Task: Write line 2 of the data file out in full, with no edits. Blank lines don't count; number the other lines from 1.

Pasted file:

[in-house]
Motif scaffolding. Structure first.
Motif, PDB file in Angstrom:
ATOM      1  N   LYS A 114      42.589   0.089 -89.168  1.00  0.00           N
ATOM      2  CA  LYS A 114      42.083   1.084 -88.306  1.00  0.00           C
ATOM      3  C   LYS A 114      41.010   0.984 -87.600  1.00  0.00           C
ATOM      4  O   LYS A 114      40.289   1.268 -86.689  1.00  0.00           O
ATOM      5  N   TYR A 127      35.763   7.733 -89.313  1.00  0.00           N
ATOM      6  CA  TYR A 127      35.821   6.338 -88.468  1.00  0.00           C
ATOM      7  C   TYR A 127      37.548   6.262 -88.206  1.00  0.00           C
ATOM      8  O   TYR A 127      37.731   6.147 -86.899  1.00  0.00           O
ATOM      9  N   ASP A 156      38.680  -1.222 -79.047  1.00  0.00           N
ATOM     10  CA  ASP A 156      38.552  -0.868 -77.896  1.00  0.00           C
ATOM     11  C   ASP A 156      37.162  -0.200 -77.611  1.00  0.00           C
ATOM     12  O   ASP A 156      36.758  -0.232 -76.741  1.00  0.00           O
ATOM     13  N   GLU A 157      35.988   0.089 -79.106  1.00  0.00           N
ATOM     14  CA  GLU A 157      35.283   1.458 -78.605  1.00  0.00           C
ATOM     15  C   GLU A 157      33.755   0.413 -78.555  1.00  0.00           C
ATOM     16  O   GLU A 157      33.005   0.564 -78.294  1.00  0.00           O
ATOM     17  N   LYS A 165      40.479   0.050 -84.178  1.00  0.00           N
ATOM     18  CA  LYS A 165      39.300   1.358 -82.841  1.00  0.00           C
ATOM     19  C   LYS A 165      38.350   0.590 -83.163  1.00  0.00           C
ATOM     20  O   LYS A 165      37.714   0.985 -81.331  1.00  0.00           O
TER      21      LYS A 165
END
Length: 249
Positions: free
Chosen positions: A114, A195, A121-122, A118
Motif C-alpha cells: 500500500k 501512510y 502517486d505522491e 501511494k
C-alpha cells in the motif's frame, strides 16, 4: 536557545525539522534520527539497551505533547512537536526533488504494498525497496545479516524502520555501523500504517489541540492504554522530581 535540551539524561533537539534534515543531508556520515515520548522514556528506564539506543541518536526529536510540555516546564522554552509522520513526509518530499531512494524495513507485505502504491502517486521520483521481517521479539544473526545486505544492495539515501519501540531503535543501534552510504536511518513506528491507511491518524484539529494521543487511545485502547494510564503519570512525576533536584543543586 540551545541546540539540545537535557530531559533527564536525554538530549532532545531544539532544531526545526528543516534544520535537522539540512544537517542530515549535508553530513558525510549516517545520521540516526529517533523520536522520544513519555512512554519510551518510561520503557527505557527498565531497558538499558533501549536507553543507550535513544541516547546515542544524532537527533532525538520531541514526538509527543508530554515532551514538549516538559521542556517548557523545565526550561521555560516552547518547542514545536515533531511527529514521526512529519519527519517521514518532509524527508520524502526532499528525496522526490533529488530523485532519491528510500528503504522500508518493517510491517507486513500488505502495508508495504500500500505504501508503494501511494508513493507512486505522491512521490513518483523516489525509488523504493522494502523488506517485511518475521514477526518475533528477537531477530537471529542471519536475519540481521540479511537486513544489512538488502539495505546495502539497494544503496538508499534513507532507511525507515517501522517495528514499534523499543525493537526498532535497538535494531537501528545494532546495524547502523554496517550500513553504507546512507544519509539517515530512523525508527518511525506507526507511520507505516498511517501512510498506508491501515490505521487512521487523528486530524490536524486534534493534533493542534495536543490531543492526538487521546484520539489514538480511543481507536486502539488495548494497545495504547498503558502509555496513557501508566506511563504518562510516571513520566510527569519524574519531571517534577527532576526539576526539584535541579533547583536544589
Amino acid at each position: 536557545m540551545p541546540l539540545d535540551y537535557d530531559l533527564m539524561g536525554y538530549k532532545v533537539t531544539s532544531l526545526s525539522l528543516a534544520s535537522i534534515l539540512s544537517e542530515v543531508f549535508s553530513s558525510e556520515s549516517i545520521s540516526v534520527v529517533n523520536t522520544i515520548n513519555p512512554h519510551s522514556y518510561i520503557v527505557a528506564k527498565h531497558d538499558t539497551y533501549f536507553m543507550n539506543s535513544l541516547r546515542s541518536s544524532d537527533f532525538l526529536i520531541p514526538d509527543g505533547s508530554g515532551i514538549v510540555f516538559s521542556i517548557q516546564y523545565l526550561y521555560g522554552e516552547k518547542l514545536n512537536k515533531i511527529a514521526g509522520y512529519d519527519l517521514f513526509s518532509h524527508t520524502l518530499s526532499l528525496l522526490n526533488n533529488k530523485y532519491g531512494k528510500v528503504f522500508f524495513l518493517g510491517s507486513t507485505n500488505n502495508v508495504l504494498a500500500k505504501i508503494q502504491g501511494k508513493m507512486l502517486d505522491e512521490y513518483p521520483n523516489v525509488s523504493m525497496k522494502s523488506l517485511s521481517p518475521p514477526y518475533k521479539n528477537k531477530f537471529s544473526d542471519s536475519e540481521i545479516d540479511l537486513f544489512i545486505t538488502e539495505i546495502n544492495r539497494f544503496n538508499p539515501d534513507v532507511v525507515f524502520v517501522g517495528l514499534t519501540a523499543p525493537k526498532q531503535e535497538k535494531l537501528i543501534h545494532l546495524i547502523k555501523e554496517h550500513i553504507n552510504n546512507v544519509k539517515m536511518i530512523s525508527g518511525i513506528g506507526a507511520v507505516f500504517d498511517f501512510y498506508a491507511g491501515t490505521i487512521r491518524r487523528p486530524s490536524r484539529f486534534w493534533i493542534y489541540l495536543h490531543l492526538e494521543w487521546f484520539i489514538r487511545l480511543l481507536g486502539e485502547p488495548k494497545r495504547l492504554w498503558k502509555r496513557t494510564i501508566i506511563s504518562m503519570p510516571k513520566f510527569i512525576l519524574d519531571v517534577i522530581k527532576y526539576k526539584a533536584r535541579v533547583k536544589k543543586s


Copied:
Motif scaffolding. Structure first.